Coronavirus cases spike in Tokyo as US military cases continue to fall across Japan
Stars and Stripes is making stories on the coronavirus pandemic available free of charge. See other free reports here. Sign up for our daily coronavirus newsletter here. Please support our journalism with a subscription.
TOKYO — New coronavirus cases in Japan’s capital city jumped Thursday to 339, just shy of twice the previous day’s count, according to public broadcaster NHK, citing city authorities.
Meanwhile, new infections among the U.S. military in Japan continued to fall. The Marines on Okinawa reported four new cases, all at Camp Courtney and all of them close contacts of another infected individual, according to a Facebook post by Marine Corps Installations Pacific.
Tokyo cases had dipped from a previous daily high of 385 on Saturday to 186 on Wednesday, according data on the Tokyo Metropolitan Government website.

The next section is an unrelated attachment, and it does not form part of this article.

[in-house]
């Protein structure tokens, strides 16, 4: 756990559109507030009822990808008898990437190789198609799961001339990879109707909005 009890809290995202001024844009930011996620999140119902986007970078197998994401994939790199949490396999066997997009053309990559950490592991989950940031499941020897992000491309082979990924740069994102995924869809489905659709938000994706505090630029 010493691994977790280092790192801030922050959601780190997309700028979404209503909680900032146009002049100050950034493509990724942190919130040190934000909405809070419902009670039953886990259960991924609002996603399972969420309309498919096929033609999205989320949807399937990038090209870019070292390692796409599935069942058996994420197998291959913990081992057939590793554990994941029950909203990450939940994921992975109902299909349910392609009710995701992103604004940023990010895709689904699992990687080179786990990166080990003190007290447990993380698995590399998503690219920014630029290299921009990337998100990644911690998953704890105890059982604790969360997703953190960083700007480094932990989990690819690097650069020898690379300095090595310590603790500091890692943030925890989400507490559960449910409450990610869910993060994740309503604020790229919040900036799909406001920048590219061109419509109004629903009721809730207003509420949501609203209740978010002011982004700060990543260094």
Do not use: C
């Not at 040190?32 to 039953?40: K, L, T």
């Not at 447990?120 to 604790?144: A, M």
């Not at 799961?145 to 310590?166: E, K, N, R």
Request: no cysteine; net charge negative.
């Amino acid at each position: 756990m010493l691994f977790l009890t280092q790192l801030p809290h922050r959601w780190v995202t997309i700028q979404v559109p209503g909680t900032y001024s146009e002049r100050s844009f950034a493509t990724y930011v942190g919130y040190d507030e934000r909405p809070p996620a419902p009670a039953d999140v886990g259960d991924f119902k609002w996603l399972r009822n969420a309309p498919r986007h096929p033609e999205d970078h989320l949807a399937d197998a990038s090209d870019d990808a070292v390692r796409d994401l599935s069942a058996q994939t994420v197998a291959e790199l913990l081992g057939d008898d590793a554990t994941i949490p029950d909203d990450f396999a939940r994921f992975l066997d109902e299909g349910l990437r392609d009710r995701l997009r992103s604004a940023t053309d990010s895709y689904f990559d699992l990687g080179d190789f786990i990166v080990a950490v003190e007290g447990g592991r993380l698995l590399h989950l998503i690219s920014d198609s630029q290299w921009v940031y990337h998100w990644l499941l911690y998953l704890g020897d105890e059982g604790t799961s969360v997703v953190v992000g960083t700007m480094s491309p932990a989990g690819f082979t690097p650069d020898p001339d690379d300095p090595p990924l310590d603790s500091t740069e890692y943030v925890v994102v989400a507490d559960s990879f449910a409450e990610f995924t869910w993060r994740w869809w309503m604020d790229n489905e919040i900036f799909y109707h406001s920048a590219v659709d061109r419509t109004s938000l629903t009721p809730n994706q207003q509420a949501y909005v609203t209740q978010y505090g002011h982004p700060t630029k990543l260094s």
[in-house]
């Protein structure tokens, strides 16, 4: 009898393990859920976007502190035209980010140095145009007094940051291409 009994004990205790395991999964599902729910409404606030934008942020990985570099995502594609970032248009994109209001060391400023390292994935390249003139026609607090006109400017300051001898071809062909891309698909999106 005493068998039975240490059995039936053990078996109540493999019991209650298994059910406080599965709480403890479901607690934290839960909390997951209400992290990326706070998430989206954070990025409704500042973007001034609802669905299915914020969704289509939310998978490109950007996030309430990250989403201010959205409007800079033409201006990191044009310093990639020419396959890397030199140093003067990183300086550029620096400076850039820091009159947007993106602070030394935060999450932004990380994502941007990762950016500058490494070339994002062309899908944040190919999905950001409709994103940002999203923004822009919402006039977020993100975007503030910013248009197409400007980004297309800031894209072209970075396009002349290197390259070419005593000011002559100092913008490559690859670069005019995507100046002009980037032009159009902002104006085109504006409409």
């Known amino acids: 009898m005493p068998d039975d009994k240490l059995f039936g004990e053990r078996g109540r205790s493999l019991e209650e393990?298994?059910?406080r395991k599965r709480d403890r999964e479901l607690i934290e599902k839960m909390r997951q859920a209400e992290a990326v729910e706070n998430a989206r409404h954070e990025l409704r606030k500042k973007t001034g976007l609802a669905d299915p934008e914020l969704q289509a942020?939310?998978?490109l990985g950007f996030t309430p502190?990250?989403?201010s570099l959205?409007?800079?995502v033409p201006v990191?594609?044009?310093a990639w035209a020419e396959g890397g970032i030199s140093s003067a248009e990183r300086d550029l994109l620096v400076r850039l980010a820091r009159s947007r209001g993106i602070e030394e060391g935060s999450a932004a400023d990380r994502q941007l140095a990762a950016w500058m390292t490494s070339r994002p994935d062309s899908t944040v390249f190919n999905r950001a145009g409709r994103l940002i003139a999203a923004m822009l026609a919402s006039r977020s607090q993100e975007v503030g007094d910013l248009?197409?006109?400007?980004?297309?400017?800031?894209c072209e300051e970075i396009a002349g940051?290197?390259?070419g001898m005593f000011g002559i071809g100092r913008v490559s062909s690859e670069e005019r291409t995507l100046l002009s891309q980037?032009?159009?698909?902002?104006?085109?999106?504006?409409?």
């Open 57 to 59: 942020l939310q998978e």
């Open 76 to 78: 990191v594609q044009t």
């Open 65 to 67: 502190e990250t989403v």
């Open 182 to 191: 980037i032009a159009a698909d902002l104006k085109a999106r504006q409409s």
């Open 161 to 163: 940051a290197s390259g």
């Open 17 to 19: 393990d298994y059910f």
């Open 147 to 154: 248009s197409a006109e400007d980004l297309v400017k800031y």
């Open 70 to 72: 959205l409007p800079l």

The city government had warned its residents to refrain from travel beyond city borders, especially vacations far from home, and to avoid dining out at night and other activities in close, crowded conditions.
A second coronavirus surge began in late June in the city of 13 million, according to metro government data. Tokyo has 18,268 active cases with 1,614 hospitalized.
On top of the coronavirus, Tokyo has baked through a heat wave that killed 131 people so far this month, many of them over age 70, according to NHK, which cited the metro public health department.
The city center is off-limits to most U.S. military personnel, civilian employees and families.
Okinawa prefecture, home to about 30,000 U.S. troops, reported 45 new coronavirus cases on Thursday, a prefectural official told Stars and Stripes by phone.
The local community has more than 850 active cases and a total of 1,662 since July. Fifteen people have died since the pandemic began, the most recent on Wednesday evening, the official said.
Medical teams from the Japan Ground Self-Defense Force went to work in local hospitals, the Ministry of Defense Joint Staff tweeted Thursday. The ministry offered the teams Monday and Okinawa Gov. Denny Tamaki accepted the next day.